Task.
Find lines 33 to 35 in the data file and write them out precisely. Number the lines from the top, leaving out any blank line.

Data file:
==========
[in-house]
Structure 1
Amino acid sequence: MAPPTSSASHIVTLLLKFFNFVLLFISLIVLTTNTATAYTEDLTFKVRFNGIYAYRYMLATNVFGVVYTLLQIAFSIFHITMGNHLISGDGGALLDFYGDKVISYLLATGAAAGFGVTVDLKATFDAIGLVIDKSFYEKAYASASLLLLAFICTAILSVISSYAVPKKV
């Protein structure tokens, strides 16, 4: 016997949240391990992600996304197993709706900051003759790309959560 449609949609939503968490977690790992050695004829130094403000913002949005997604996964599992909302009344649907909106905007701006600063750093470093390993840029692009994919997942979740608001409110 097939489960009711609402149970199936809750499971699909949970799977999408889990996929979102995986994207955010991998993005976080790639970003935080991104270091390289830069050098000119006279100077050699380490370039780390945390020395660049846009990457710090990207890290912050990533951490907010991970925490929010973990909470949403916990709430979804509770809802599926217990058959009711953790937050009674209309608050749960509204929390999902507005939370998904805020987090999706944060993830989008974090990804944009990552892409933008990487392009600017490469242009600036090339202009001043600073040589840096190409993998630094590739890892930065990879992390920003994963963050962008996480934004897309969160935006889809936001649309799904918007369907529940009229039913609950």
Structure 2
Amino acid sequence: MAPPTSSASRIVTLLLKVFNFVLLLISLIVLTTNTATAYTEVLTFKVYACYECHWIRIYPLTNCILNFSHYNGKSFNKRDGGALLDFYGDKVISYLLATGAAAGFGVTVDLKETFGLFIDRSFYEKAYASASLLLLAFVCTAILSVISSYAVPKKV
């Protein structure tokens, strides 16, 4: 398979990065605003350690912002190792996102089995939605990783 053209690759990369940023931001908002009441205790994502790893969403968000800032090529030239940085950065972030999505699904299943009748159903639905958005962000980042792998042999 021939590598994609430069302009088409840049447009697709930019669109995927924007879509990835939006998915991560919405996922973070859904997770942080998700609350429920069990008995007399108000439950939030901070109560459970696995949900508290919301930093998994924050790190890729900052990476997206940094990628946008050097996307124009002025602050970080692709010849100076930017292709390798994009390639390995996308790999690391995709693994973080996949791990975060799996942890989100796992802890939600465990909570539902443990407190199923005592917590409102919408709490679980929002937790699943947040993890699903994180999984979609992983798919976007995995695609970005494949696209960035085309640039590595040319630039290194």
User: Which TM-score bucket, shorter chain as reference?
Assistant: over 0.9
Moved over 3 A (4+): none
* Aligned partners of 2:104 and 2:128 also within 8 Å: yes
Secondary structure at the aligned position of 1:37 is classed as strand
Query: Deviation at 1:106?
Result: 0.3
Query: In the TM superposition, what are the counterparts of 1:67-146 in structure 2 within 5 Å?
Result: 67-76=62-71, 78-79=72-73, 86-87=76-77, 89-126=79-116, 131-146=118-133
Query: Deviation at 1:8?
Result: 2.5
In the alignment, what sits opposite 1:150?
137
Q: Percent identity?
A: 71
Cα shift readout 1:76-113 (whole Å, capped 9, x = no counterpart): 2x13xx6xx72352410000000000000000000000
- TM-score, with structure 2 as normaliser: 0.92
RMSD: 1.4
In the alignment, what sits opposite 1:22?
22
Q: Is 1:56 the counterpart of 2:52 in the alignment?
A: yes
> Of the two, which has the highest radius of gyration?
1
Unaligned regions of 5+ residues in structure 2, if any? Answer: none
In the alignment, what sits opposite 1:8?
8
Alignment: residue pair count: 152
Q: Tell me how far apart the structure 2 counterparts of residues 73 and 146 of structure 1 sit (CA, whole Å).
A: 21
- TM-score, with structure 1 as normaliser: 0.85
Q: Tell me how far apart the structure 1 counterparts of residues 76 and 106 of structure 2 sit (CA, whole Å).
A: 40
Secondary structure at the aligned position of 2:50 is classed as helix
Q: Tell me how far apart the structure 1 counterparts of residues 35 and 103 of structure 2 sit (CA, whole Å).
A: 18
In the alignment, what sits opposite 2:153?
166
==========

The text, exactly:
In the alignment, what sits opposite 1:8?
8
Alignment: residue pair count: 152